This periodic chart of the elements is color-coded according to the most common way(s) and process(es) by which the various elements in the Universe are formed. All unstable elements lighter than plutonium are produced naturally via radioactive decay, which is not depicted here.(Credit: Cmglee/Wikimedia Commons)
To make them all, only eight processes take place.
A visual history of the expanding Universe includes the hot, dense state known as the Big Bang and the growth and formation of structure subsequently. The full suite of data, including the observations of the light elements and the cosmic microwave background, leaves only the Big Bang as a valid explanation for all we see.(Credit: NASA/CXC/M. Weiss)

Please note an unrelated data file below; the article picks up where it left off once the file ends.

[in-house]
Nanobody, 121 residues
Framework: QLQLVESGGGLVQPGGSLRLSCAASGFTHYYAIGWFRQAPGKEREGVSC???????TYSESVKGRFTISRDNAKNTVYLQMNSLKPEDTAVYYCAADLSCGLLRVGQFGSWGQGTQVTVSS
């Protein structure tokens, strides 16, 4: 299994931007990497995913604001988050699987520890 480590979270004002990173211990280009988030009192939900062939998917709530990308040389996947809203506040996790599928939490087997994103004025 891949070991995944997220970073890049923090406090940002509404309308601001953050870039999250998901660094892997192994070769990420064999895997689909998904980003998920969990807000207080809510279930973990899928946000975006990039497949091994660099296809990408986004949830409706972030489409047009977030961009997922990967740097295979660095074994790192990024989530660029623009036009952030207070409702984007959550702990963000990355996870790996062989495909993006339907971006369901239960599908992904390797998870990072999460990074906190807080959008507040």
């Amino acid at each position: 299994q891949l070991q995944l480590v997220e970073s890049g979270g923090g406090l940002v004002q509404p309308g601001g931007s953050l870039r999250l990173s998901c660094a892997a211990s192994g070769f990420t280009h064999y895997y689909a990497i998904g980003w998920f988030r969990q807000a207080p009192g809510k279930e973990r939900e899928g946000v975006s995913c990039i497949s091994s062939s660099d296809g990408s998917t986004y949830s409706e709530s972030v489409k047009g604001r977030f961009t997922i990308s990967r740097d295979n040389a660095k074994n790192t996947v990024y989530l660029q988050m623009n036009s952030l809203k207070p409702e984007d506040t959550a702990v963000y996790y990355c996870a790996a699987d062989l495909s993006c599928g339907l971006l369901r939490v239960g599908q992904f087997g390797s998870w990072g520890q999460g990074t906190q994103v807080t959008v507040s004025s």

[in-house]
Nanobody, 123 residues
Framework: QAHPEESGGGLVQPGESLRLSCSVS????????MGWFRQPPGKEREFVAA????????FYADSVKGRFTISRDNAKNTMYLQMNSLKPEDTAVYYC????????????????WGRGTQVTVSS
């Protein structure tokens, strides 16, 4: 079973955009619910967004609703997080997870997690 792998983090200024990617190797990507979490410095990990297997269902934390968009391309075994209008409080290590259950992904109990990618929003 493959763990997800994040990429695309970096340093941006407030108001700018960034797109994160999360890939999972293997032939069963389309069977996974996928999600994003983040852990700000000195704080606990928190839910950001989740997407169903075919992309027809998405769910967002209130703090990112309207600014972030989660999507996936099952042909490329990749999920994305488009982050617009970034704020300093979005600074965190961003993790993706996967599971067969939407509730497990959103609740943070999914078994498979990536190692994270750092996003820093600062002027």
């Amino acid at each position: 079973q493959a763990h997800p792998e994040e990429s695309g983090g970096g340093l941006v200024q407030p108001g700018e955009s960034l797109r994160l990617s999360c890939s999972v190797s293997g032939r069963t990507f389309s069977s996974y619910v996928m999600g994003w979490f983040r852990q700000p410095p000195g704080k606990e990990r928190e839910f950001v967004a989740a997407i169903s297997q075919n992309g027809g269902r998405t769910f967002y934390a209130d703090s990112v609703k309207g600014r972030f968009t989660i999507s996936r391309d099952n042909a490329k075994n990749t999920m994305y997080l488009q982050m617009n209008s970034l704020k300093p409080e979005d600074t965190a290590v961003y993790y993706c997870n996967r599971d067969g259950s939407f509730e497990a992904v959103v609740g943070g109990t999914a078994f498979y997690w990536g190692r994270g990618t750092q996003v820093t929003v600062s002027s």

Raw protons and neutrons fused together in the early stages of the hot Big Bang to form isotopes of hydrogen, helium, lithium, and beryllium, which are the lightest elements in the Universe. Because all of the beryllium was unstable, the Universe was left with only the first three elements before the birth of stars.(Credit: E. Siegel/Beyond the Galaxy (L); NASA/WMAP Science Team (R))
Only the lightest stable elements fuse this early, up to lithium (3).
The internal structure of a large star over the course of its life, culminating in a Type II Supernova when the core runs out of nuclear fuel. The ultimate stage of fusion is usually silicon-burning, which produces iron and iron-like elements in the core for just a short time before exploding into a supernova. Supernovae with a core collapse can efficiently create elements up to roughly atomic number 40, but not much higher. (Credit: Nicolle Rager Fuller/NSF)